DIY Sewn Book Sleeve




Introduction: DIY Sewn Book Sleeve

About: Photographer | Blogger | Book Lover | Vintage Enthusiast | Instagram: @momo.davis Pinterest: @momodaviss

I don't know about you, but I love reading. I bring books almost everywhere I go. To the beach, to school, on car rides, etc. Sometimes though, my book pages get bent and creased beyond repair (especially in my book bag, other things push into the pages and mess up the book!)

Well if you can relate to this, you've probably thought that there must be a better way to keep your book safe from any other objects that are potentially a danger to the pages. I'm happy to let you know that there is a better way!

I'm pretty involved in the book community on Instagram and I have seen a lot of pictures of a thing called book beau. That's where I got the inspiration to make this sleeve! I hope you enjoy :)

Also make sure to vote for me in the Sewing Contest!

Step 1: Supplies

1. 2 complimentary pieces of fabric (each fabric at least 21" x 8.5")

2. Cotton batting (at least 24" x 20")

3. Lightweight fusible interfacing (at least 11" x 19")

4. 2" of an elastic cord (I used a hair tie)

5. Button

6. Sewing machine

7. Scissors

8. Sewing needle

9. Sewing thread

Step 2: Cutting the Pieces

Cut the fabrics into two pieces each so that you have four total.

Each piece is 10.5" tall and 8.5" wide.

Make sure you know which piece will be your outer fabric and which one will be your inner lining.

Step 3: Putting the Pieces Together

Cut two pieces of fusible interfacing that extend at least 1/2" outside of the fabric on all sides.

Fuse the bumpy side of the interfacing to the wrong side of the outer fabric with an iron. Make sure that it is completely smooth and centered.

Cut out 2 pieces of cotton batting that extends another 1/2" past the interfacing and put pins through all three layers every few inches or so. This will hold the layers together while you sew.

Step 4: Quilt!

I've never quilted before, so my lines aren't completely straight, but I think they turned out pretty nice!

I sewed a line every inch, (up and down then side to side) to make a grid pattern. This will keep the batting from sliding away from the fabric when your sleeve is assembled.

If you go back and forth on the first couple stitches (at the beginning and the end of a line) it will keep your stitches from coming out.

Repeat with the second piece.

Step 5: Clean It Up

Trim down the excess fusible interfacing and cotton batting so that both line up with the fabric. Make sure not to cut too much so that you cut the quilting stitches.

Repeat with the other piece.

Step 6: Sew the Inner and Outer Fabrics Together

Start by pinning down the elastic band so that it will be sewn down with the stitch.

Put the inner fabric on top of the quilted piece with the right sides facing each other.

Put pins along the top edge (where the elastic loop is) and sew a 1/4" seam.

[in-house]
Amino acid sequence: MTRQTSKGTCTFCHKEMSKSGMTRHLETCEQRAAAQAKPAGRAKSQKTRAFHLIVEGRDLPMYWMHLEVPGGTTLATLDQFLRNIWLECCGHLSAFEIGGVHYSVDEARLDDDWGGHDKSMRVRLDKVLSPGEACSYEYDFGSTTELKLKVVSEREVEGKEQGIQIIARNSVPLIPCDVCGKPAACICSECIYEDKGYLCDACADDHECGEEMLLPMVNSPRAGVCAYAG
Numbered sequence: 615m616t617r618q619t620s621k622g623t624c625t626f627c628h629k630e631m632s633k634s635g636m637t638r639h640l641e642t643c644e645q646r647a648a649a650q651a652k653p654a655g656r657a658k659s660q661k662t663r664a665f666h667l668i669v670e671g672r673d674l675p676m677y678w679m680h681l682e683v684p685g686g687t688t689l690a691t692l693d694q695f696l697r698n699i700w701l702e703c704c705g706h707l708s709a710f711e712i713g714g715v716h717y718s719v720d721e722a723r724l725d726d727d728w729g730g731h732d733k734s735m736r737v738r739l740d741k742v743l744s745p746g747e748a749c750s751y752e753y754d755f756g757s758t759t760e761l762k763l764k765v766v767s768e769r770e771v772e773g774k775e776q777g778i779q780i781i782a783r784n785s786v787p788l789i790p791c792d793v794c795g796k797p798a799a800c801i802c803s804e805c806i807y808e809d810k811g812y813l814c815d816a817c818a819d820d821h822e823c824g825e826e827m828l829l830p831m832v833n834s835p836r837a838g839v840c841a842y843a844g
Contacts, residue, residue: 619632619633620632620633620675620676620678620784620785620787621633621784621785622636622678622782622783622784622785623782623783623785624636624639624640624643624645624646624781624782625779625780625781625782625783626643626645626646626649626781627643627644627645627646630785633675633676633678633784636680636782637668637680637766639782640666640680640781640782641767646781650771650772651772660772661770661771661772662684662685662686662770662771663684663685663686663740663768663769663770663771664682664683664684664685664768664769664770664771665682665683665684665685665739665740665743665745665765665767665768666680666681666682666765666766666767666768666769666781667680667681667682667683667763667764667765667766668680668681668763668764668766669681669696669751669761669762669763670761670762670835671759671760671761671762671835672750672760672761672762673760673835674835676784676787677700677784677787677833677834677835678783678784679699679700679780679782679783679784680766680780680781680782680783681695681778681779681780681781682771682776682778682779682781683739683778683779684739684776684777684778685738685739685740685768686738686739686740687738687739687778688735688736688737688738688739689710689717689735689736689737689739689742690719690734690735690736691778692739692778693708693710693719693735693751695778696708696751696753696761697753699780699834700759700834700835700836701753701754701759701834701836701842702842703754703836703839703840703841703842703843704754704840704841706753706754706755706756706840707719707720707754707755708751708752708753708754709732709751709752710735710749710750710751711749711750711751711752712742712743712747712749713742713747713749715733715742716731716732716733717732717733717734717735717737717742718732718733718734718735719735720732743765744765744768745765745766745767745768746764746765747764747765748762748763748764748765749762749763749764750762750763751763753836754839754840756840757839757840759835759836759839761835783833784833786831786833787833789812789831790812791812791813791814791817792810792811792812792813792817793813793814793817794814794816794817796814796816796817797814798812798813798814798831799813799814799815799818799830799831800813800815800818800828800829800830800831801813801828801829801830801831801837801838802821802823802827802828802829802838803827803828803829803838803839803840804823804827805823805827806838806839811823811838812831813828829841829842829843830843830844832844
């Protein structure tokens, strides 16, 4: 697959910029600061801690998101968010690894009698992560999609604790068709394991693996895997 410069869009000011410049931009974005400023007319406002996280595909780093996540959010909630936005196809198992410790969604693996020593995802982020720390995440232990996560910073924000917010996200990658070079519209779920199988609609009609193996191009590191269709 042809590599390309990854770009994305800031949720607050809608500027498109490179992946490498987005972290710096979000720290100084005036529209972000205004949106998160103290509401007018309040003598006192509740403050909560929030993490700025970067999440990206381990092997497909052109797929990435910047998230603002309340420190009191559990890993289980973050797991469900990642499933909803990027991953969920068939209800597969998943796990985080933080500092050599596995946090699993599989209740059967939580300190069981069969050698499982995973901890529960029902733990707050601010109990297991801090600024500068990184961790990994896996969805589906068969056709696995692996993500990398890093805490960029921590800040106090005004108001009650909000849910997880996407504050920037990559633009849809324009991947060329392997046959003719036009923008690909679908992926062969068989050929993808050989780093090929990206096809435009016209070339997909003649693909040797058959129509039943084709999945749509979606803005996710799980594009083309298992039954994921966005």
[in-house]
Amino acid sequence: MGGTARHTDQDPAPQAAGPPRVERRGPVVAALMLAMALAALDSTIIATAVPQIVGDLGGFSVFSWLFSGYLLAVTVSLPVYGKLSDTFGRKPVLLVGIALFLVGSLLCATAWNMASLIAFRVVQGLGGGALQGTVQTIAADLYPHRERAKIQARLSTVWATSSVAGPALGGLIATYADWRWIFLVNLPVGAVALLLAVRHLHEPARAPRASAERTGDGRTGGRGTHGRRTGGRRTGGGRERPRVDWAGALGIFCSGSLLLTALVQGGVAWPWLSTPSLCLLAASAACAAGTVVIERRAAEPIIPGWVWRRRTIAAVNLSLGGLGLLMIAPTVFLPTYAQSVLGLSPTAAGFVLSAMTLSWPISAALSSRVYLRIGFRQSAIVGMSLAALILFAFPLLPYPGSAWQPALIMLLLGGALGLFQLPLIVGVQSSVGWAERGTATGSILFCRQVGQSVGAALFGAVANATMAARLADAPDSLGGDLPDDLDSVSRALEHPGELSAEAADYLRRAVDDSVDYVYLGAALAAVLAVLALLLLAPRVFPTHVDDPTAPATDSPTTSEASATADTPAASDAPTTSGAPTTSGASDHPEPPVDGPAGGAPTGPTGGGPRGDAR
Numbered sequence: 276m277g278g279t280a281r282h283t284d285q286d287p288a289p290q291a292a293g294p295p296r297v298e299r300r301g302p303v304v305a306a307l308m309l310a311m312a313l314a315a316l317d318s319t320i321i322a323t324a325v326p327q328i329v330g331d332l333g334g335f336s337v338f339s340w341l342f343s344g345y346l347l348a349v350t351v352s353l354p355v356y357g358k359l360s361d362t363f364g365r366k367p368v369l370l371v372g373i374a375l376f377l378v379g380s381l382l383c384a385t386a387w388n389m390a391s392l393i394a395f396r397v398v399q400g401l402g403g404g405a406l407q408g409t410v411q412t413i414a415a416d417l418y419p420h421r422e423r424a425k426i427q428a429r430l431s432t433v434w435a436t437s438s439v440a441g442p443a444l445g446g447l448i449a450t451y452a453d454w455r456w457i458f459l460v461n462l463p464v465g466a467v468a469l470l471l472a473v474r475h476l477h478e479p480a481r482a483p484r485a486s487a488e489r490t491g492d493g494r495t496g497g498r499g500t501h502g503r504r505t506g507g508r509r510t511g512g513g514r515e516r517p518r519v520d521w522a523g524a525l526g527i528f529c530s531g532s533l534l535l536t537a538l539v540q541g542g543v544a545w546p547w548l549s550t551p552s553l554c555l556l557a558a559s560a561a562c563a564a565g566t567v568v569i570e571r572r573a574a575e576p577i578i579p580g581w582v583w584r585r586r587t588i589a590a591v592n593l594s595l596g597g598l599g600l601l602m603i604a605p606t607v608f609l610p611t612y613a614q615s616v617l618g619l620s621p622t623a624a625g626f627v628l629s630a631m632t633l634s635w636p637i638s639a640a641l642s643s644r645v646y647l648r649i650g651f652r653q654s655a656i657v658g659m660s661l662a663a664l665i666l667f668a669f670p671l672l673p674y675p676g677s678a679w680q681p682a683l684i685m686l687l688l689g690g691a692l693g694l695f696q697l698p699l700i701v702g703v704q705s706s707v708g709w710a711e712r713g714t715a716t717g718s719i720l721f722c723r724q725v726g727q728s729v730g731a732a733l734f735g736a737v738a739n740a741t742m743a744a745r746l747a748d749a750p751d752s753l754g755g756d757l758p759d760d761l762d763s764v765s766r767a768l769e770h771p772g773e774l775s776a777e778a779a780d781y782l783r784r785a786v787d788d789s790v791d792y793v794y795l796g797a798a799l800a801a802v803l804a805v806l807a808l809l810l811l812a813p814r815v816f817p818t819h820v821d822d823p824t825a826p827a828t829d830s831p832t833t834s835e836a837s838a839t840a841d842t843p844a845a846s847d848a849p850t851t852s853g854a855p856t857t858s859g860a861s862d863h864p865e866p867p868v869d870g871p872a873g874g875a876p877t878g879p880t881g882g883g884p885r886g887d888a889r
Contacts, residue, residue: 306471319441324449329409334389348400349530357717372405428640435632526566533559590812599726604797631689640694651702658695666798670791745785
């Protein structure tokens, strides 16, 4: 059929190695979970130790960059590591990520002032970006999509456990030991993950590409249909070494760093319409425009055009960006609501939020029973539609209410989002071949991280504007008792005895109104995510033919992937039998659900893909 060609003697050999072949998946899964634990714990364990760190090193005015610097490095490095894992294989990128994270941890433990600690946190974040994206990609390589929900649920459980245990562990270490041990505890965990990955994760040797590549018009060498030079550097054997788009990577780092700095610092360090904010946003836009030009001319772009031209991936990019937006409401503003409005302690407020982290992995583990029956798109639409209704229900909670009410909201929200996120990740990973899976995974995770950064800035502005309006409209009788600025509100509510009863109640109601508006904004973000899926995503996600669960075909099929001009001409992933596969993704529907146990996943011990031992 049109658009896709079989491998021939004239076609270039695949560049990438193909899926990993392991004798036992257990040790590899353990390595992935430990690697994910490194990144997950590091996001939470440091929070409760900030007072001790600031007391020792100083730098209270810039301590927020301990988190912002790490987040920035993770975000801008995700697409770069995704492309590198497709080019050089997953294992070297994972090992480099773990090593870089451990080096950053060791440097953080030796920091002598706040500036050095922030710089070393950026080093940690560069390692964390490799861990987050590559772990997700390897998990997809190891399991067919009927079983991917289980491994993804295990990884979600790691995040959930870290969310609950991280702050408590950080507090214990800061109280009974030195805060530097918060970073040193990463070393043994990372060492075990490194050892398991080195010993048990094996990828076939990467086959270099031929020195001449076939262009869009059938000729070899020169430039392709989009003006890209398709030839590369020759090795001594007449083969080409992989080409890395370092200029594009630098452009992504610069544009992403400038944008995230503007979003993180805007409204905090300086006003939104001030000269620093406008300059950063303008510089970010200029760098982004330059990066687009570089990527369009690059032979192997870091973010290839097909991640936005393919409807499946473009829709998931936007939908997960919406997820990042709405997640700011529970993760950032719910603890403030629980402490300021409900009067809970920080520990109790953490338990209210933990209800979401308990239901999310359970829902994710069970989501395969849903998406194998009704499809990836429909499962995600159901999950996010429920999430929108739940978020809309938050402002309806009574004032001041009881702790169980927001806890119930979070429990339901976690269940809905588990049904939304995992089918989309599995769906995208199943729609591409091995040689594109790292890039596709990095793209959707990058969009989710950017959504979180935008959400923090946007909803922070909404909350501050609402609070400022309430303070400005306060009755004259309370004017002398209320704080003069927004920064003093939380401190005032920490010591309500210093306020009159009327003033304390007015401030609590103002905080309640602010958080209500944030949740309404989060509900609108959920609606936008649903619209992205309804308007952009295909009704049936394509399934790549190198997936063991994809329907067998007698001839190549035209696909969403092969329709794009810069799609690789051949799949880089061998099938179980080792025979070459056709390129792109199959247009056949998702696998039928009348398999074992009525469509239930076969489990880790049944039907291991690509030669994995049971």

Repeat with the second quilted piece that doesn't have the elastic loop.

Step 7: Put It All Together

Begin by placing the two units together, with the like fabrics facing each other (outer on top of outer, inner on top of inner).

Put pins along all of the edges and sew a 1/4" seam along the whole thing.

Make sure to leave a 3" opening at the bottom of the lining so that you can turn the whole thing inside out.

Step 8: Turn It Inside-Out

Clip the corners so that the edges won't be too bulky.

Turn the whole thing inside out through the 3" hole. It might be a little but difficult but eventually you can fit the whole thing through.

Close up the hole by sewing a line with a tiny seam.

Step 9: Final Touches

Hand-stitch a button onto the front of the pouch. Make sure that it lines up perfectly with the elastic strap.

If you need to adjust the size of the elastic, you can cut out the old one and hand-stitch another one on.

Iron the unit flat and make sure the corners and edges are fully pushed out.

Step 10: Finished!

And that's it! This whole project only took me about two hours and it's already been super useful for when I want to take my books out of the house safely.

If you enjoyed this tutorial, please vote for me in the Sewing Contest!

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    10 months ago

    What is the purpose of cutting the interfacing and batting larger than the fabric, only to go back and cut it down to the same size?


    2 years ago

    I like your tutorial a lot, but I think there is a little mistake. The loop of the elastic band must be placed towards the inside of the fabric (not sticking out of the fabric as shown in the pic), so that it is on the outside when turned right side out. Anyway, that's how I did it and it turned out fine.


    Reply 1 year ago

    I agree with this comment...I made this book sleeve and had to unpick the elastic because it ended up being the wrong way...I followed the instructions and the photo, but when you turn it the right way around you have the small piece sticking out, not the longer piece that needs to come over the other piece and wrap around the button. Apart from this minor detail, I really liked the project and how it looks when it is quilted. I’ve not made a quilted one before. Thanks for uploading!


    2 years ago

    Great tutorial! Very easy to follow! I’m about halfway through my project and enjoying it so far. Thank you! :)


    3 years ago on Introduction

    that is so awesome I want to do that some day well actually recently I'm thinking of making a quilt.